What You Need to Know Before You Sublet Your Place

By Kailey Walters on November 13, 2017

If you rent the place where you live but have been thinking of living elsewhere for a short period of time before your lease agreement ends, subletting may be an option.

However, there are a few concerns you might want to address first. After all, before diving right in, you want to ensure you’re making a financially, practically sound decision, both for yourself and for potential subtenants.


There are a number of reasons you might sublet your place. Perhaps you’ve been offered a job in another location and need to move there right away. Maybe you’ve been renting an apartment near campus and plan to return home over winter break, but the lease agreement won’t be up yet. Whatever the case may be, you’ll definitely want to do your research to ensure you’re complying with the rules and that you’re not subletting to just anybody.

With that being said, one important question you should address is whether or not you actually have permission to sublet, and if so, what the process is that you have to go through. Doing so essentially involves asking your landlord if you have permission and then completing a sublease application.

According to Brick Underground, which addresses concerns on real estate in New York City, the Metropolitan Council on Housing is a helpful site that outlines the details on your right to sublet, as well as other important information regarding the subletting process, rules, and regulations (within New York City).

While the information on this site is specific to tenants in New York City, the basic principles hold the same for all subletters: familiarize yourself with the subletting process before you make a decision, so you are educated on whether or not you qualify and what is required of you.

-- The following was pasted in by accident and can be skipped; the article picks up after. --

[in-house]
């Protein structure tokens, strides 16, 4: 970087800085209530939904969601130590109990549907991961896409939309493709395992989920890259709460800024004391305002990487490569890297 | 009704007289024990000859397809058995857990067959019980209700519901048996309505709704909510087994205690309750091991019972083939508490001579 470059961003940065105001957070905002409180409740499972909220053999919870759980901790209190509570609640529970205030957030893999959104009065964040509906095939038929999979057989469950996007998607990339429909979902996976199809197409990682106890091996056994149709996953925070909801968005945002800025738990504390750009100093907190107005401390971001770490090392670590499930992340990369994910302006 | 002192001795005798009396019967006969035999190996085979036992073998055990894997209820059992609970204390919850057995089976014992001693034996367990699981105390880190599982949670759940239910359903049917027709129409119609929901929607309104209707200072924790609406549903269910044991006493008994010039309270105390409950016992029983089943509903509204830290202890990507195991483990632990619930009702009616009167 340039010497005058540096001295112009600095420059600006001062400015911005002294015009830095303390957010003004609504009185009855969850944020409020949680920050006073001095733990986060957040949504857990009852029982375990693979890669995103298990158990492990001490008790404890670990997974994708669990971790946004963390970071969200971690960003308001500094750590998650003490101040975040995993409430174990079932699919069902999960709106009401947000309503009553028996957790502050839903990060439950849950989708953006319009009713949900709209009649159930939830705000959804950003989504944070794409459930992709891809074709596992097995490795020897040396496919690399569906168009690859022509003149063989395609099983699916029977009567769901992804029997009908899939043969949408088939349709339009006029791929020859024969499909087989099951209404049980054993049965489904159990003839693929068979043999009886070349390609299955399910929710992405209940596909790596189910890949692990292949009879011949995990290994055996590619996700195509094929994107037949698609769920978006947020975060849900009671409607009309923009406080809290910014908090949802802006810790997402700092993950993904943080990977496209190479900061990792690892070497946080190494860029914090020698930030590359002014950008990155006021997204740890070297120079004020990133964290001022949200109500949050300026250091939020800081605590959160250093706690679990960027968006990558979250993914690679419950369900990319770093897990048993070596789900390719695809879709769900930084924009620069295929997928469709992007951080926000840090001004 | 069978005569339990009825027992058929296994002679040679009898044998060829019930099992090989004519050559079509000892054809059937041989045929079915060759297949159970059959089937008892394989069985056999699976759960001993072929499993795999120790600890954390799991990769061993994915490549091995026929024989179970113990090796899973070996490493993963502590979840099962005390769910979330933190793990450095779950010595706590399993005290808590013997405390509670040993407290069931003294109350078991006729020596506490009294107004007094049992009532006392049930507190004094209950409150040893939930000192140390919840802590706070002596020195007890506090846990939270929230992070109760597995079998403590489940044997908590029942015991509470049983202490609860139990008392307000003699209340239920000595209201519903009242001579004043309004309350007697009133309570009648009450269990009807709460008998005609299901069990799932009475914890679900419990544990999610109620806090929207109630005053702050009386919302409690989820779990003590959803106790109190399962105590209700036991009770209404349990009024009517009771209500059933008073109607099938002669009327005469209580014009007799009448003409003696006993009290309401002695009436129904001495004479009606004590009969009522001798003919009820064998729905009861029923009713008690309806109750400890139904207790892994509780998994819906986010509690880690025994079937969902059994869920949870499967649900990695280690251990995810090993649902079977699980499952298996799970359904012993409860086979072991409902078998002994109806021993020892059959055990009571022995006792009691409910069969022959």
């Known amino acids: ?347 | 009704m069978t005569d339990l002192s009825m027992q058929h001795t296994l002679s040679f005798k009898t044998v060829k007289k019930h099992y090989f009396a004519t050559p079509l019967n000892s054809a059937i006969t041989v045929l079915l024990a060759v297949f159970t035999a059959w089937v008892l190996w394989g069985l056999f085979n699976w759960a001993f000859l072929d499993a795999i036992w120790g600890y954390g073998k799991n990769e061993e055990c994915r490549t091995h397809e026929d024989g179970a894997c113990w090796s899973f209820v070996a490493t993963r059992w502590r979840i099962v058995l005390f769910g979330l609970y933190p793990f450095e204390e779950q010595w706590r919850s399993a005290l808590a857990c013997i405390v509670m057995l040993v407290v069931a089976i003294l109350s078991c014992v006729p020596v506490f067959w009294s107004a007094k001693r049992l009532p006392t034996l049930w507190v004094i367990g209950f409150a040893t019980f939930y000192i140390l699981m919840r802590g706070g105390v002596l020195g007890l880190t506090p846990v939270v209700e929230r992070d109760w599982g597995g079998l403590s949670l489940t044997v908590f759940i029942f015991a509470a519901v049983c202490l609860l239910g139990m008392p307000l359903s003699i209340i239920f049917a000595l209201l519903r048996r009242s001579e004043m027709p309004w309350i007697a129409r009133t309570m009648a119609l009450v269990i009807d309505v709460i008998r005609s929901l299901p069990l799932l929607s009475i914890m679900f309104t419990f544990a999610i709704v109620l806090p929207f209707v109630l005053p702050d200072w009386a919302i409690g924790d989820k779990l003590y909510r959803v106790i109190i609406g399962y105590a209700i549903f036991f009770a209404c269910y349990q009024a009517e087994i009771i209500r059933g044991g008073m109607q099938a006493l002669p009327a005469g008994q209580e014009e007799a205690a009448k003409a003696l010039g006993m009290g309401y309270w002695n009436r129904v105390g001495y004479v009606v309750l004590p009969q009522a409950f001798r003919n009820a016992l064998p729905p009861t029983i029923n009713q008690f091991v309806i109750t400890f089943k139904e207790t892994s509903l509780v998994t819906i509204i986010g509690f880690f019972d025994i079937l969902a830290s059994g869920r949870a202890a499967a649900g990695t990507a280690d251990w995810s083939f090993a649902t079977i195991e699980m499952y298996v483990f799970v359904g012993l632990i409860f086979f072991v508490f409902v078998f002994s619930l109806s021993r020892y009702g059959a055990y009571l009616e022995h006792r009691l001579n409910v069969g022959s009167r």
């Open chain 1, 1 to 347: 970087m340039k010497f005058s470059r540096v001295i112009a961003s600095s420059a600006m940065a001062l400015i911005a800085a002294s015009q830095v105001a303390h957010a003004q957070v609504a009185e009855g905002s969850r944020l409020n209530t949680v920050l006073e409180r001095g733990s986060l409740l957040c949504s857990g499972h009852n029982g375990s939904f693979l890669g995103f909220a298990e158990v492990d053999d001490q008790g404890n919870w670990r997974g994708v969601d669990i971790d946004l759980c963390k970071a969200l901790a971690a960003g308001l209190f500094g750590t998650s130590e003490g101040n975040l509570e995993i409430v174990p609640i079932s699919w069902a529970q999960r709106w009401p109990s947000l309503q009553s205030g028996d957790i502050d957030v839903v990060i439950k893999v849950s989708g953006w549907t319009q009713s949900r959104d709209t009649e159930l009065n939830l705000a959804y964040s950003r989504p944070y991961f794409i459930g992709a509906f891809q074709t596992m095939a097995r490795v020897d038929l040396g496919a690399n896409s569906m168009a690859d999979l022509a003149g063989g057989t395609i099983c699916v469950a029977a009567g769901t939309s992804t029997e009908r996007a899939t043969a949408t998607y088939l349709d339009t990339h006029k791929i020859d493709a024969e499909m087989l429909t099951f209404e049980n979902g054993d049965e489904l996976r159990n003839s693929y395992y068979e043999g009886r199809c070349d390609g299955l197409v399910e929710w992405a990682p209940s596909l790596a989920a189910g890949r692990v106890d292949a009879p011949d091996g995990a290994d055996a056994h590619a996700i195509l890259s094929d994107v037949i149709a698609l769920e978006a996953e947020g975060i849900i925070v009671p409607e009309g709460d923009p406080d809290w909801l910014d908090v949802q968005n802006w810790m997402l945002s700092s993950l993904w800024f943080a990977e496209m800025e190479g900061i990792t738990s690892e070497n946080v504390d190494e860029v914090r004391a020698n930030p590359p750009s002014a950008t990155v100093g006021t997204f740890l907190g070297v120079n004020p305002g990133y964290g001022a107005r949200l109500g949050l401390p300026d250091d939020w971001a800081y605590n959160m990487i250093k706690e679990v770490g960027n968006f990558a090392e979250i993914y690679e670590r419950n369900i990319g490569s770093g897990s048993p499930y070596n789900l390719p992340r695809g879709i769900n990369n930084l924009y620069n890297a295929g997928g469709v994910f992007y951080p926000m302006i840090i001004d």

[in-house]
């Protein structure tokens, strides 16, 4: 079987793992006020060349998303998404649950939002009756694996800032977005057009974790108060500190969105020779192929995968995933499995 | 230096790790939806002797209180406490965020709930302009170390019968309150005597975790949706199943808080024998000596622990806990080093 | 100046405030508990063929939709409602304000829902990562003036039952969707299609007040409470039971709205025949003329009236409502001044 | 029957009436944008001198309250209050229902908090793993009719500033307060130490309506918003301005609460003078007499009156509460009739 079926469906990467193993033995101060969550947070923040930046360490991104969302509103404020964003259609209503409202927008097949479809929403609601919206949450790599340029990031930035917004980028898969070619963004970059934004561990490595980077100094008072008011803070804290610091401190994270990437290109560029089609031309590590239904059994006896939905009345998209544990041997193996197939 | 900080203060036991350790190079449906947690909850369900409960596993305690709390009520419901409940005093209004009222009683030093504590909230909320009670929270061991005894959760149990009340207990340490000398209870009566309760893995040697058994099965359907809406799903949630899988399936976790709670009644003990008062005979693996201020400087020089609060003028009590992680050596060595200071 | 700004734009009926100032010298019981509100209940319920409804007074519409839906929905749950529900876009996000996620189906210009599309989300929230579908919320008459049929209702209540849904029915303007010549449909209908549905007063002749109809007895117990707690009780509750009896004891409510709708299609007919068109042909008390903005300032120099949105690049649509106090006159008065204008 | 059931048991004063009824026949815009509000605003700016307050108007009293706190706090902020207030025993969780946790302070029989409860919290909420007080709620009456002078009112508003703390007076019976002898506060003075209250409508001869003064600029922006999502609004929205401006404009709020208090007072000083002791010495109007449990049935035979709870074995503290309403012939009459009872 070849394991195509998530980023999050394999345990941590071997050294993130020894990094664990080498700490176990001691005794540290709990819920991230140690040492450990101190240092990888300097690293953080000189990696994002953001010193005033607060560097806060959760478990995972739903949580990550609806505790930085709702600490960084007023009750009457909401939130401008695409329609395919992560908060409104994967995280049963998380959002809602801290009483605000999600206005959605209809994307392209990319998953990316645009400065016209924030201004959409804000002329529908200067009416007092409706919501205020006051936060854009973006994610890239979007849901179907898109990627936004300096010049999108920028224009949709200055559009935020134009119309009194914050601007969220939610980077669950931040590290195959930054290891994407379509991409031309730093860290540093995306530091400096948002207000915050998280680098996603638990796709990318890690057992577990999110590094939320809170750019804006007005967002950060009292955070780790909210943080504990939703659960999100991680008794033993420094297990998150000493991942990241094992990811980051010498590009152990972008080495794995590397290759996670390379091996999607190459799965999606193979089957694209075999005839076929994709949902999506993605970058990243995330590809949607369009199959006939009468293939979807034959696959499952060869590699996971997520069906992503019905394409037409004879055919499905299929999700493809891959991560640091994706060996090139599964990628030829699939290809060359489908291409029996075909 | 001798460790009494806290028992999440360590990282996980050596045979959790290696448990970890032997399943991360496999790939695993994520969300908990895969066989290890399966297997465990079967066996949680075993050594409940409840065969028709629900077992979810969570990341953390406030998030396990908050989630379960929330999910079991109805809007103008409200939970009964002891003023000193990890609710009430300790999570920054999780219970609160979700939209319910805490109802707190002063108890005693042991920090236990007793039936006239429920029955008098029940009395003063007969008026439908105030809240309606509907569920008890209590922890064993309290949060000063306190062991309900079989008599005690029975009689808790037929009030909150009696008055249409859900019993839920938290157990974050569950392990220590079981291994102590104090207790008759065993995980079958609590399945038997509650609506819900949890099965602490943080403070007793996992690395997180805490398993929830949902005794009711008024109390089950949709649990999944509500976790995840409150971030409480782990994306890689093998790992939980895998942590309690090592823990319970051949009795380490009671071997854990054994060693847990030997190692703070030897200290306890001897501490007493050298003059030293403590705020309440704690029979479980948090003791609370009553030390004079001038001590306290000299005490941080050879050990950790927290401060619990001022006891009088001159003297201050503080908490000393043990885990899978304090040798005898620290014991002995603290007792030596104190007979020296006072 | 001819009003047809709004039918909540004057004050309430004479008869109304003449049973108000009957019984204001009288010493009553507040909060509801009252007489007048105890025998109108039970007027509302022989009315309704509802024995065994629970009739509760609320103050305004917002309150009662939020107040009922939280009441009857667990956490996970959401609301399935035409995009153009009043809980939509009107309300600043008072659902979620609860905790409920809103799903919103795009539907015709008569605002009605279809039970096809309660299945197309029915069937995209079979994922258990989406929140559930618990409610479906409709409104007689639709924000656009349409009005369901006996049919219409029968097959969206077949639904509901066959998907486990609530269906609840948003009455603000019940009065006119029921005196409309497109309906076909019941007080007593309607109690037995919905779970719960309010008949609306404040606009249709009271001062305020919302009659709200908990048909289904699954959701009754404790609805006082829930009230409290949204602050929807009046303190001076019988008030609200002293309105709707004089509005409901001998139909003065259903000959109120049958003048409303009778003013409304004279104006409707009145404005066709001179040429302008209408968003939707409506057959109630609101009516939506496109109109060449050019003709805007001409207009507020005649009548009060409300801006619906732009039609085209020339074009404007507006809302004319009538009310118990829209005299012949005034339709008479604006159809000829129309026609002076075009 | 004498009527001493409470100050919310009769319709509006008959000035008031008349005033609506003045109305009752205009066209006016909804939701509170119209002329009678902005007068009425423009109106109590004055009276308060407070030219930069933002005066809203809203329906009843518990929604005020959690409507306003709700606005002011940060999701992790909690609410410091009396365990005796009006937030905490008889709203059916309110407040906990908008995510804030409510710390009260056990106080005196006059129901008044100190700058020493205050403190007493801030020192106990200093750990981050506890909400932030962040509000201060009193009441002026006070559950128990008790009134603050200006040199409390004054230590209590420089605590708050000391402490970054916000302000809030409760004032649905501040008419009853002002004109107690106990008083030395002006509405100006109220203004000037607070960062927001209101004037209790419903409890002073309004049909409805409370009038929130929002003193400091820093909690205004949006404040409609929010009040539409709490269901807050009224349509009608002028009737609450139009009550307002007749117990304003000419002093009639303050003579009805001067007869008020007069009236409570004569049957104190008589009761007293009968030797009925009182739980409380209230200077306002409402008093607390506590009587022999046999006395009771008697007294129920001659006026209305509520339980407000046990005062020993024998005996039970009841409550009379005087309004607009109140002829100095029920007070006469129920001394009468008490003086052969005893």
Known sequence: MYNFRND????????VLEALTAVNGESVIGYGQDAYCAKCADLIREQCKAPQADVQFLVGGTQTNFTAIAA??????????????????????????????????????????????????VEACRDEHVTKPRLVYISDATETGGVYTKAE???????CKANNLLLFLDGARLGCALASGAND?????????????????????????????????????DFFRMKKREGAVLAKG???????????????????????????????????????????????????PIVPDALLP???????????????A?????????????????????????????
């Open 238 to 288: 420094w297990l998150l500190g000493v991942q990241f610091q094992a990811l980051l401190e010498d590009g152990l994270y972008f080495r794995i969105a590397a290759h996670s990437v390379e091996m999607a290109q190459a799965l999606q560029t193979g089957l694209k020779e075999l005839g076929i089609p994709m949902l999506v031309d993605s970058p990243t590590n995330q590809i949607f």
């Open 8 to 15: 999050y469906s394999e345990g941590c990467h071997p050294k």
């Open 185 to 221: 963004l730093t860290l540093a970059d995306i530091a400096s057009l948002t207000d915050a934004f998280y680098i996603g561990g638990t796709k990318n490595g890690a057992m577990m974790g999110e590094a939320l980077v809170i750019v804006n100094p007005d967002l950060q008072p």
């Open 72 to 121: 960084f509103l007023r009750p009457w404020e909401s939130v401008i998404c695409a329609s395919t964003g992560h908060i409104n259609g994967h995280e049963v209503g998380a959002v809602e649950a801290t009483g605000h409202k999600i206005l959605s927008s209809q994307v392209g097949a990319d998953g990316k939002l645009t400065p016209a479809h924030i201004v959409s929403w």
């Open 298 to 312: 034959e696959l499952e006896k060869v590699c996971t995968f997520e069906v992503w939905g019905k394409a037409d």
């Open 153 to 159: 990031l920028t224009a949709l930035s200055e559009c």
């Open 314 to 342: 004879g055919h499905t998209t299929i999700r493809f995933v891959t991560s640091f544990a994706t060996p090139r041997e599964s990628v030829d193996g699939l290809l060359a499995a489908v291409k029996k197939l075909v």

If you live with roommates, you’ll also want to make sure they agree with your decision to sublet. In this situation, communication is key, as you don’t want to create any unnecessary tension. As a result, you’ll need to obtain your roommates’ written consent.

Brick Underground also suggests it’s important to ask whether the landlord will raise the price of the apartment while you are away. If the landlord does decide to up the price, you should take note and make it a priority to inform potential subtenants so that they know what to expect.

When it comes to actually searching for subtenants, a question that may first come to mind is: how do I find people who are responsible and trustworthy? RentLingo is a useful website that suggests finding someone you already trust to be your subtenant, or at least finding someone through an existing network of connections, such as through your friends, your roommates, or even your landlord. That way, even if you don’t personally know the potential subtenant, you will have an idea of what he or she is like through your own connections’ testimonies.

It’s also perfectly acceptable if you decide to go a different route and use social media to locate potential subtenants. However, you may want to conduct a background check just in case to make sure you cover all your bases — because at the end of the day, you will still be held responsible for any late payments or damages that occur while the subtenant is living there.

Whatever decision you make, it’s always important to ensure you’ve done your research so nothing will come to bite you in the butt later. As long as you know what’s expected of you in the terms and agreements of the subletting process, you’ll be all set. Happy subletting!

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